Minis in North America

n early 2007, I sat down with the offshore committee of the Newport Yacht Club and, after much debate, was told that the 21-foot Mini 6.50—the same boat used for Europe’s Mini Transat Race from France to Brazil—would be granted its own division in that year’s Bermuda 1-2 Race.Since then, the number of Minis actively sailing in the United States has doubled, to about 30 boats. Although this
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n early 2007, I sat down with the offshore committee of the Newport Yacht Club and, after much debate, was told that the 21-foot Mini 6.50—the same boat used for Europe’s Mini Transat Race from France to Brazil—would be granted its own division in that year’s Bermuda 1-2 Race.

Since then, the number of Minis actively sailing in the United States has doubled, to about 30 boats. Although this number pales in comparison to the number of Minis competing in Europe, it represents a real step forward for the class on this side of the Atlantic.

Besides competing in another Bermuda 1-2 in 2009, Minis have been showing up in races like the Fort Lauderdale to Key West Race and the Ida Lewis Distance race. This year’s Pacific Cup, from San Francisco to Hawaii, included two Minis racing double-handed, making it the first American transoceanic race to have a Mini participating.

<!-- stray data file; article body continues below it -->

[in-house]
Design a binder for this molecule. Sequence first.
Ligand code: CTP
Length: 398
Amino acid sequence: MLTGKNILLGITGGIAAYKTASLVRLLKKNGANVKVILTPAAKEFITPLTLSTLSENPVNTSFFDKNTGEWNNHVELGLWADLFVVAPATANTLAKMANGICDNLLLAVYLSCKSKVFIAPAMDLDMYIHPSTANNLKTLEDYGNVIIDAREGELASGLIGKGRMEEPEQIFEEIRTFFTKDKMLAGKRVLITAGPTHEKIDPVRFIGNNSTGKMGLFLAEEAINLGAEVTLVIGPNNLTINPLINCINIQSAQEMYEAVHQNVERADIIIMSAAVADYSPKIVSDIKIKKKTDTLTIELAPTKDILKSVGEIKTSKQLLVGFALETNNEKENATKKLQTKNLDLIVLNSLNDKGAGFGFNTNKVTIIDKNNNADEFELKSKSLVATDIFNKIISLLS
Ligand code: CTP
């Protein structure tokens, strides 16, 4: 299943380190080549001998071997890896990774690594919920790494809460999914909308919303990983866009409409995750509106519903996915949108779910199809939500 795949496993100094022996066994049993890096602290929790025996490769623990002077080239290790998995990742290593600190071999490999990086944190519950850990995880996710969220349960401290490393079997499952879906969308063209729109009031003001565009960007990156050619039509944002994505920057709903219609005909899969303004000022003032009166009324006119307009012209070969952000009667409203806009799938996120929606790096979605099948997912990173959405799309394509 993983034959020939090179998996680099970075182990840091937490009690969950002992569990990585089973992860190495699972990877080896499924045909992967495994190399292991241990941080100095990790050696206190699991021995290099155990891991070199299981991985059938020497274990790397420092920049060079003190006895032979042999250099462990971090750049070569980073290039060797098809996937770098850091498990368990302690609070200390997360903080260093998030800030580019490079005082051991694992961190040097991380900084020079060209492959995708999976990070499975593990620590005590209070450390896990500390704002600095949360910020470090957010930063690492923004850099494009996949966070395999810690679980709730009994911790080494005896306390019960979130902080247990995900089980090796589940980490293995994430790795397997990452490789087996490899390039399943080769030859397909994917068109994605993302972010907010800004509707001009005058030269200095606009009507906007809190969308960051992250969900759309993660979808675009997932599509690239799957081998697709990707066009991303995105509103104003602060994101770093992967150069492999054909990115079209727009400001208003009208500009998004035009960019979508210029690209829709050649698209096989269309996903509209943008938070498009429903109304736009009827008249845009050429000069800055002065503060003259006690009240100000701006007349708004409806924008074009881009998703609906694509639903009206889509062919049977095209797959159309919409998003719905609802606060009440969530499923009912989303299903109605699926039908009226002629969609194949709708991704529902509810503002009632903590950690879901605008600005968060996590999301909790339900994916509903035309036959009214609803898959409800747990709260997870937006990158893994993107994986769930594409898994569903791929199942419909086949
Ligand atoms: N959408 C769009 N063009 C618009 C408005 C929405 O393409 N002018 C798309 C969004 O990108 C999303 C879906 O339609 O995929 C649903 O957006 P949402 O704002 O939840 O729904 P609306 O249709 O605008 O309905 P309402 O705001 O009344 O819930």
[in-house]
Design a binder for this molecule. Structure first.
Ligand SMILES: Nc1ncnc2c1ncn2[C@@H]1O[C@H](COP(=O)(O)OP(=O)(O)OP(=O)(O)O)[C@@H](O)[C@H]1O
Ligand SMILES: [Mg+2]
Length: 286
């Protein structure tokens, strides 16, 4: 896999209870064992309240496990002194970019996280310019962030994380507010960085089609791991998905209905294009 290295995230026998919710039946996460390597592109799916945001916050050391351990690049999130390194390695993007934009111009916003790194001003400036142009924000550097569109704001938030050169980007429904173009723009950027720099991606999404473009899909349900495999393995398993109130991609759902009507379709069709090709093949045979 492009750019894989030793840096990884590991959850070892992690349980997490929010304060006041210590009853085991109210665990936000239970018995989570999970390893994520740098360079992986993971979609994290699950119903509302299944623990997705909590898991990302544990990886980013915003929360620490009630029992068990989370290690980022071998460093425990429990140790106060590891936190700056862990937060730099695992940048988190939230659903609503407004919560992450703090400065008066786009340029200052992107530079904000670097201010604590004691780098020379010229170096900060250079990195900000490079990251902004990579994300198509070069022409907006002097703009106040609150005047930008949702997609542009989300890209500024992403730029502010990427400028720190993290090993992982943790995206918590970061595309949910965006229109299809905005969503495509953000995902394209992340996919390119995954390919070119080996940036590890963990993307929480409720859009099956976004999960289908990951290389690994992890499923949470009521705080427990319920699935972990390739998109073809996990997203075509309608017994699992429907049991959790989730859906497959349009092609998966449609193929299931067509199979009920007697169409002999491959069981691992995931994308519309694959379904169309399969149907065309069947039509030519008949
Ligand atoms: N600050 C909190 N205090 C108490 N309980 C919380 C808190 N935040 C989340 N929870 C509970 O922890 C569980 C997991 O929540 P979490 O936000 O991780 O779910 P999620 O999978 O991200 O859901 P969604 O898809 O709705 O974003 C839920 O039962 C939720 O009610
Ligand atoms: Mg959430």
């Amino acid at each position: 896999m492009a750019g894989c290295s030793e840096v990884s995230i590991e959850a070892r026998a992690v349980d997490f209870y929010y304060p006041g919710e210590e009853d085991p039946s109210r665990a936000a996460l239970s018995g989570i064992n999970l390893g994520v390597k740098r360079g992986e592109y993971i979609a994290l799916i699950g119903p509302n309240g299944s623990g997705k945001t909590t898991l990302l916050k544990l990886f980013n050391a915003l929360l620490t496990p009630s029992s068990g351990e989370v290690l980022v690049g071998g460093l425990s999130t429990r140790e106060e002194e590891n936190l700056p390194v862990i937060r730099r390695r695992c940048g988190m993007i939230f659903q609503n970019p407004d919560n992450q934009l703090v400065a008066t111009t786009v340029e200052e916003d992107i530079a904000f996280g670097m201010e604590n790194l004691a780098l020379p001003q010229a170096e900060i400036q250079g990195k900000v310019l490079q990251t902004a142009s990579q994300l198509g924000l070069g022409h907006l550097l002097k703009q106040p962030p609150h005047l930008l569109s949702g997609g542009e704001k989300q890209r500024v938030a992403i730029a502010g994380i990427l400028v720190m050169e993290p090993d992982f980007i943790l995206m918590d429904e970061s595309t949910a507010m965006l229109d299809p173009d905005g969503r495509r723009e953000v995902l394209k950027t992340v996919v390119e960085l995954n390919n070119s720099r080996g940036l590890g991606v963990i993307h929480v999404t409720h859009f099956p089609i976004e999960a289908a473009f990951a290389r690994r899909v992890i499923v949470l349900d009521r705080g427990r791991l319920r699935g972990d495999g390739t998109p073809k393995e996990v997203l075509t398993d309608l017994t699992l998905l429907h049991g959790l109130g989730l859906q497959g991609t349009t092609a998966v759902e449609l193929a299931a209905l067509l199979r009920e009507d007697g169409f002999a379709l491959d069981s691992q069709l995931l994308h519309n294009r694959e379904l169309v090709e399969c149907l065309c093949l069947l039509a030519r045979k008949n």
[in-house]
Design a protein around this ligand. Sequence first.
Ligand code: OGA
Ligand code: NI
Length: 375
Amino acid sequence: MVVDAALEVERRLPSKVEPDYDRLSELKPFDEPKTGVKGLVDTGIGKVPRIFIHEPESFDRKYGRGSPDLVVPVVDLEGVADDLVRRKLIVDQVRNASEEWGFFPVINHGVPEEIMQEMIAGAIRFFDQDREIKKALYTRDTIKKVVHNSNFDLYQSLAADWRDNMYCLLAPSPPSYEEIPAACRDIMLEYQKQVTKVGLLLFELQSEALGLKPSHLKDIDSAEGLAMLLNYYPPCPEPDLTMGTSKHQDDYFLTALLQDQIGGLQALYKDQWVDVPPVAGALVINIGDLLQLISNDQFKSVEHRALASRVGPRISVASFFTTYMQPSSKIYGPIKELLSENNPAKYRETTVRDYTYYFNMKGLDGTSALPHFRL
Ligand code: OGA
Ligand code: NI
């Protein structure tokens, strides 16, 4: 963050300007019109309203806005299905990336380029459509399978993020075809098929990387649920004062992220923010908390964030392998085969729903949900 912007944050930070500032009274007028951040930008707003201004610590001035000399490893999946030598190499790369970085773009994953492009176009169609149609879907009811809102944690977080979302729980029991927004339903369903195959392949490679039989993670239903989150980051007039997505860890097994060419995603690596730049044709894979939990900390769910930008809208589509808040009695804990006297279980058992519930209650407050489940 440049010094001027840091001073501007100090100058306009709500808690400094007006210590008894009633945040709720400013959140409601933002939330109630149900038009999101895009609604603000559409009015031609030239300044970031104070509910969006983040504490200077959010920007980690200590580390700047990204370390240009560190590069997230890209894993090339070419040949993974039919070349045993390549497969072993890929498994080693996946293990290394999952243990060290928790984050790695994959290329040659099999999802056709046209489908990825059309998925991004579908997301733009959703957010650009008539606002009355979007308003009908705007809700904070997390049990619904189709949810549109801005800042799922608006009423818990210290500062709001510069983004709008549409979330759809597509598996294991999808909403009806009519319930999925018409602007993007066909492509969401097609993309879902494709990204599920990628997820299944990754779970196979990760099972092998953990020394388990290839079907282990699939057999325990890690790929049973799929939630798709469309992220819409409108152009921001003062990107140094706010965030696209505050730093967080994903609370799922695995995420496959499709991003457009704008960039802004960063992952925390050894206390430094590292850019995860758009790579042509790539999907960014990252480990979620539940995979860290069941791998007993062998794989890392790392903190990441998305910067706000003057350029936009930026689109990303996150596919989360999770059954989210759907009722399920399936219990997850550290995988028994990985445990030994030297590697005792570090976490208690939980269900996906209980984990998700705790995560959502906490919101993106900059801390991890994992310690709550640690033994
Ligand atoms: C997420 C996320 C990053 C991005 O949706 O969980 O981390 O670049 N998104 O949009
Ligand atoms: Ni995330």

One of the Mini sailors taking part in this year’s Pacific Cup was Emma Creighton. She has her eyes set on the 2011 Mini Transat and was using this race for training, much like I did with the 2007 Bermuda 1-2 when preparing for the 2009 Mini Transat race. There are currently three builders in the United States, as well as an importer based in British Columbia.

The sailors buying these boats are generally looking for a relatively inexpensive way to do some exciting offshore racing. However, they are also getting a practical little boat, with a useable interior for coastal cruising and plenty of room for a crew of up to five people on a daysail. If you are a sailor who enjoys fast, exhilarating sailing, the Mini just might be boat for you.

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